The surprising thing about Canada’s defense of their gold medal was how clean it was. En route to the Stanley Cup you usually mix in a few poor games, you fall behind at some point, you get outplayed for awhile. Canada’s only sketchy moment was not beating Latvia by more – the final wasn’t all that close. Canada played like assassins methodically and systematically destroying targets without remorse. Target acquired, target eliminated, what’s next?
It sucks that Sweden wasn’t able to dress their best team. While it’s fun for Canadians to win (well, if you’re Canadian), they played a Swedish team without Henrik Sedin, Henrik Zetterberg, and surprisingly, Nick Backstrom (more on the Backstrom absence here…weird situation). Those are three elite players that could’ve greatly altered the course of the game.
I know “Canada likes hockey” isn’t the most compelling thought, but the city of Toronto was absolute mayhem. I’ve only been here for 16 months after leaving Phoenix, but it’s silly. My wife and I lined up at 5:50 for the seven a.m. game, waiting in a line of roughly 100 people, and had this pic of us taken before puck drop.
And after that, it got busy. The bar down the street had velvet ropes and a bouncer, everyone was in jerseys…hockey’s just an obsession up here.
Patrice Bergeron and Sidney Crosby were so good it was borderline comical. Watching Bergeron think hockey is one of my favorite things in the sport – he’s aggressive on the forecheck, relentlessly hounds the puck, and makes good, safe decisions after acquisition with a rarely-seen consistency. And while his talents are rare, Crosby might be even better. The puck just always goes to the right place, like he’s playing the game in slow-mo with an aerial view.
It was fun to see Marty St. Louis get some real ice time and be as effective as he was. His one-timer off a laser Rick Nash pass had a chance at going in, but aside from that he was just around the net all day. I would’ve liked to have seen him given a bigger chance earlier in the tournament, but it was just great to see him validate his selection at all.
The scariest thing about that Canadian team was in the third period when the Swedes, down two, took the leash off their offensive players (particularly D-man Erik Karlsson)…and they got nothing. I mean, really, in the last two games for Canada, Price has been asked to be good in the first, and be average after that because of Canada’s ability to keep the puck in the offensive zone. I thought for sure Sweden would generate some nerve-wracking moments late, but like the US, they even got rolled when score effects should be taking place.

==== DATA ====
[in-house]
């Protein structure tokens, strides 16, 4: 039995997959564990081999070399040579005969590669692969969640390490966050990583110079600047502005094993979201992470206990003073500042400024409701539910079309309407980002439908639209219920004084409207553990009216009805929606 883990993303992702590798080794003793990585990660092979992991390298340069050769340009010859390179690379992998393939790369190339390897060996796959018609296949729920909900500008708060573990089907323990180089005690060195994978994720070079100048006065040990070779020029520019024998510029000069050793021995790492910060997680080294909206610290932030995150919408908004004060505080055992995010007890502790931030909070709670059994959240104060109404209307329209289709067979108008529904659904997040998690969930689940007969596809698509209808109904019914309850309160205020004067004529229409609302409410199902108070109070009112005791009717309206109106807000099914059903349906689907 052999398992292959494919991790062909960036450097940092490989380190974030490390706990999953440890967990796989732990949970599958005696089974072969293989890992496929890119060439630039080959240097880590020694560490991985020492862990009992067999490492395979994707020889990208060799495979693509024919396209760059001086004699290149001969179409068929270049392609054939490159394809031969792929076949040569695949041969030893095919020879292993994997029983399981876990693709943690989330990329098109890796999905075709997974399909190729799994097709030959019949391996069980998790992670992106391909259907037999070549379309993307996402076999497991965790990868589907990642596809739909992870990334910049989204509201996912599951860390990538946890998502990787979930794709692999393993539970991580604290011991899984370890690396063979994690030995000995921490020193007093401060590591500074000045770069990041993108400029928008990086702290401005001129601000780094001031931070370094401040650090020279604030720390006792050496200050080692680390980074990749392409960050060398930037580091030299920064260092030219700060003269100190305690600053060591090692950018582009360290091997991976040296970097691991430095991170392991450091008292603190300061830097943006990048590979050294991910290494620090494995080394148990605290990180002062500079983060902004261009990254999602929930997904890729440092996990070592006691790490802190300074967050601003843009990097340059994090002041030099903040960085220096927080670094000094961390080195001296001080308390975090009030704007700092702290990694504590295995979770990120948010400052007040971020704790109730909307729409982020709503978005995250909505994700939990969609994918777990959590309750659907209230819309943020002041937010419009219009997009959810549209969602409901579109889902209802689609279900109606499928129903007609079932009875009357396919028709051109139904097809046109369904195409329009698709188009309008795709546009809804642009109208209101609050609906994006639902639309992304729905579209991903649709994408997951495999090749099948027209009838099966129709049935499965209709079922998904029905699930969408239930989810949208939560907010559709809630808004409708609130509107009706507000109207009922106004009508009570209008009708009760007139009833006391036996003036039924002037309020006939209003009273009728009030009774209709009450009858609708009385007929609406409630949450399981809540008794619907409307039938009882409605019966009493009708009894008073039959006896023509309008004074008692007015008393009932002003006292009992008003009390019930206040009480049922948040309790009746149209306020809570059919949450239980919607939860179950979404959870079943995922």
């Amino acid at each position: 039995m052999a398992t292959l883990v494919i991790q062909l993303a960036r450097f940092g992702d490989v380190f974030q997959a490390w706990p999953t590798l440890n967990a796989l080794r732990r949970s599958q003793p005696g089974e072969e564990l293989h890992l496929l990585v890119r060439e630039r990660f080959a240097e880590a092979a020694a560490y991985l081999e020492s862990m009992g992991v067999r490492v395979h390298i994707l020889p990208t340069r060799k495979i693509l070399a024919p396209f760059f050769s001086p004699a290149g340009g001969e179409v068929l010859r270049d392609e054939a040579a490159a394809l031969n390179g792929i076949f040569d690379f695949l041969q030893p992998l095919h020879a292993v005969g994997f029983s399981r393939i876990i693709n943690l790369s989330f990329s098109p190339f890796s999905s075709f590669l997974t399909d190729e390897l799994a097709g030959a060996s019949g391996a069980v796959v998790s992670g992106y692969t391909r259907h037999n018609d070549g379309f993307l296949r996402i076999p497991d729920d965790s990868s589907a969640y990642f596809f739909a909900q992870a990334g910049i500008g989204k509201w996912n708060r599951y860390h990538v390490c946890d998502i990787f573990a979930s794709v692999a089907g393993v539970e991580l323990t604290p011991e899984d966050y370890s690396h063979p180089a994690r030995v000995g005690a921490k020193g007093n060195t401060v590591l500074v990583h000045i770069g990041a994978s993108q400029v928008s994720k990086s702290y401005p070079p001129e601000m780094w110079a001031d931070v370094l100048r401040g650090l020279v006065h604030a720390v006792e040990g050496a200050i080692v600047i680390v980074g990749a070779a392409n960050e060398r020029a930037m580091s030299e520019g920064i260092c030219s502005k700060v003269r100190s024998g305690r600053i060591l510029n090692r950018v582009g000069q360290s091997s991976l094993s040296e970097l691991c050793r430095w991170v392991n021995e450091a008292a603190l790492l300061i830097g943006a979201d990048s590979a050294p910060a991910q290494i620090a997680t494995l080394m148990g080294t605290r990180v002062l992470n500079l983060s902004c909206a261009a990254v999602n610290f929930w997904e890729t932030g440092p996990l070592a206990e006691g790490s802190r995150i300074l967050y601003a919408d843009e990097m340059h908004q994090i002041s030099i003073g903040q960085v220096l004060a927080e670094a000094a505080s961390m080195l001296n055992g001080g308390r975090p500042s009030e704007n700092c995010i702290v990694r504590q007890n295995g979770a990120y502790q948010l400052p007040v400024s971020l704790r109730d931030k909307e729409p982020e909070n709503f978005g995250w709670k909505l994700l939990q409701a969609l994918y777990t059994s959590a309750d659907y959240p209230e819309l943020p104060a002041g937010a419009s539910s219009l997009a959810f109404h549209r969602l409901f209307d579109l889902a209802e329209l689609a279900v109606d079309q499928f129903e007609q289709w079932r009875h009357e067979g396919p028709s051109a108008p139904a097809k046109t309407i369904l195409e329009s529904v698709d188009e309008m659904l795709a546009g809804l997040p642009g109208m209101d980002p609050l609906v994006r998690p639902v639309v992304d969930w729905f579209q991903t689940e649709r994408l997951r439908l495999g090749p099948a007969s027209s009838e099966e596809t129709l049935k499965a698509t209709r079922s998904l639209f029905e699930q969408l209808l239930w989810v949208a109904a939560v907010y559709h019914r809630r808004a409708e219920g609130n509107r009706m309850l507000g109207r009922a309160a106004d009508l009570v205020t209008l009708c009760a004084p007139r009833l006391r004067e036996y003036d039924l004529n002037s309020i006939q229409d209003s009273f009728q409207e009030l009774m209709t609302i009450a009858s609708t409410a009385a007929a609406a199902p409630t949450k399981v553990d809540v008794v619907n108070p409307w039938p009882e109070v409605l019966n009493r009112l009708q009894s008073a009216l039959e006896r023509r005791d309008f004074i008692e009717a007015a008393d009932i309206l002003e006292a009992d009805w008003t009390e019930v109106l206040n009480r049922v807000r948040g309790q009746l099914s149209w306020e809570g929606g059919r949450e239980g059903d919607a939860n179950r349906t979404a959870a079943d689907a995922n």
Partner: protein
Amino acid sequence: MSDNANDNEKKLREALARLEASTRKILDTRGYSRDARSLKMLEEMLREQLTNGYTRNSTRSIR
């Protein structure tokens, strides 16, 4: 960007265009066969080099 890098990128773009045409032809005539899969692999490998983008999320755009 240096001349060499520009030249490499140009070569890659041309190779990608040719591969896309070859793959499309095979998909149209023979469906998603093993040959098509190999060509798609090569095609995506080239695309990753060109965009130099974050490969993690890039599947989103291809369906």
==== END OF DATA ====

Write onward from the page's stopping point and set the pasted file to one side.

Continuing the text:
After Sidney Crosby scored his breakaway goal (which was nice to see, given how well he played all tournament despite minimal results), the second period ended and Sid took an extra second on the bench as the guys filed to the dressing room. The team’s other leader, Jonathan Toews, gave him a punch in the shoulder to get his attention to say good job, but words weren’t really needed. The solemn, silent “we got this” head nod that followed was great.
As Mike Babcock said about Sid – he’s a man of moments, and he created another one today.
I don’t entirely get what other countries are doing with their ice time distribution (looking at you, Czech Republic) – how Sweden only gives Oliver Ekman-Larsson 7:19 against Canada blows my mind. This guy is one of the best defensemen in the NHL (a pretty good league), yet he can’t log time over guys like Ericsson or Oduya? If I’m a GM with a coach who has some petty issue that stops him from using our best talent, he’s gone.
So, Nick Backstrom apparently took some Claritin and therefore “tested positive for banned substances” and couldn’t play in the gold medal game. Claritin. Is Claritin really propelling Backstrom into a class of his own? We can’t let a guy with allergies play? Even if he was taking the medication to make himself better, that’s where we draw the line considering all the stuff guys take? I guess you have to be ultra-careful in the Olympics and he’s somewhat at fault, but man…what a terrible break.
In conclusion, Canada’s dominance in Sochi came from their ability to possess the puck. (Well, that and their d-corps being unreal – Weber and Doughty tied for the team lead in points.) They forced goaltenders to make save after save, but if you get enough chances, you’ll score a few goals. I wrote in my preview that it would be tough to reverse a lead against Canada because of their commitment to defensive responsibility, and (for once) I was right. Babcock had the guys fully bought in to a system of short shifts and smart play. The could’ve won games 10-7 and left it up to chance, but the coaches chose not to. Instead, they were smothering on the forecheck, impossible to contain, and just generally ruthless. Canada did what they had to do in every game. The goal wasn’t to impress, it was to win, and they did so convincingly.